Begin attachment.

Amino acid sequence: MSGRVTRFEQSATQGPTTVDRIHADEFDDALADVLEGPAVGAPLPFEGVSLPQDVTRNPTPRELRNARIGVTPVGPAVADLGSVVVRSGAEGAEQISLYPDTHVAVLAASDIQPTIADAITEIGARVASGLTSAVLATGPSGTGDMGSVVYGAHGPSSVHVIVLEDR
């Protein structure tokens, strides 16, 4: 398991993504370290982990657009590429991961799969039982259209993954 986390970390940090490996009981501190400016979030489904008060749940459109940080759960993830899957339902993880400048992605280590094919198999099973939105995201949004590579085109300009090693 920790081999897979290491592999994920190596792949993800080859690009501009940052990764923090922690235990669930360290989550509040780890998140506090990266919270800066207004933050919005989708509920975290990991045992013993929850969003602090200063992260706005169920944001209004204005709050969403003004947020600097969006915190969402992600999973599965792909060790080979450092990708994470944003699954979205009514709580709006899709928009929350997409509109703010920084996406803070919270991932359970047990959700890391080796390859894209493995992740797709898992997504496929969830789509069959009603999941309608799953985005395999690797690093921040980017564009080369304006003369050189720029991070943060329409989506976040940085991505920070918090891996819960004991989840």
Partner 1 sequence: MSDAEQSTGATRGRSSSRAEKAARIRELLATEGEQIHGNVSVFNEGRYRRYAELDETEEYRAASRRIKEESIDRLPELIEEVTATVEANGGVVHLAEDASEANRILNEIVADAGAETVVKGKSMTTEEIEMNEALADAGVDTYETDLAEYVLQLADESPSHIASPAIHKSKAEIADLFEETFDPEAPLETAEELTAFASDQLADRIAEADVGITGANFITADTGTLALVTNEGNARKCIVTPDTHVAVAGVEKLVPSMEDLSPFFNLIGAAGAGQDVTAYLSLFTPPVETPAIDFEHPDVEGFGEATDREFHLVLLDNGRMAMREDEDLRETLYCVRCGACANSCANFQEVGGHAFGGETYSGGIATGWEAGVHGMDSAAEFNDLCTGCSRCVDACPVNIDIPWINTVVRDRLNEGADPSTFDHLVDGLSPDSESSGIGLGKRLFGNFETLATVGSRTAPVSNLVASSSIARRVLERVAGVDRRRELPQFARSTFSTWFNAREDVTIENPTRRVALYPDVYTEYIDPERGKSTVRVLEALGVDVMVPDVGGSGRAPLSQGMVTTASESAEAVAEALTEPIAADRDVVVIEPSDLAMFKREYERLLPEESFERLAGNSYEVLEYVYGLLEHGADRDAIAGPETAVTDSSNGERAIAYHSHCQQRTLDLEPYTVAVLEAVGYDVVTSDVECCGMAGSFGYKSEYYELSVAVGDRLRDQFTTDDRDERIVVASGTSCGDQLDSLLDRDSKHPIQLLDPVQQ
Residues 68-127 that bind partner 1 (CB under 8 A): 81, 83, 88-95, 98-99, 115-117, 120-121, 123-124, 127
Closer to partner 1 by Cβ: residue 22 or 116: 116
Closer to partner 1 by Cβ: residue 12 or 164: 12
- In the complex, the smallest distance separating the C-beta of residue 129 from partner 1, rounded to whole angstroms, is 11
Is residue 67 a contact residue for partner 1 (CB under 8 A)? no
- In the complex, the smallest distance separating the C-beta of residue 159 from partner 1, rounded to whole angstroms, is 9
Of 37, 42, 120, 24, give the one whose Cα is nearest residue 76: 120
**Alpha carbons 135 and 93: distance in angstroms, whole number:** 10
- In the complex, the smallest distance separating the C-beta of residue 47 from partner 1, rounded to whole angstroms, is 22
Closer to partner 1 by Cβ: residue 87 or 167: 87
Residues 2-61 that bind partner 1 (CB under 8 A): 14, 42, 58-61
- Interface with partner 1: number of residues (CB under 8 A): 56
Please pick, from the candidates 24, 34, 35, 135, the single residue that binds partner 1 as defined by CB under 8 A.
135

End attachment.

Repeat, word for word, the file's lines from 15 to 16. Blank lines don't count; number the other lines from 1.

- Interface with partner 1: number of residues (CB under 8 A): 56
Please pick, from the candidates 24, 34, 35, 135, the single residue that binds partner 1 as defined by CB under 8 A.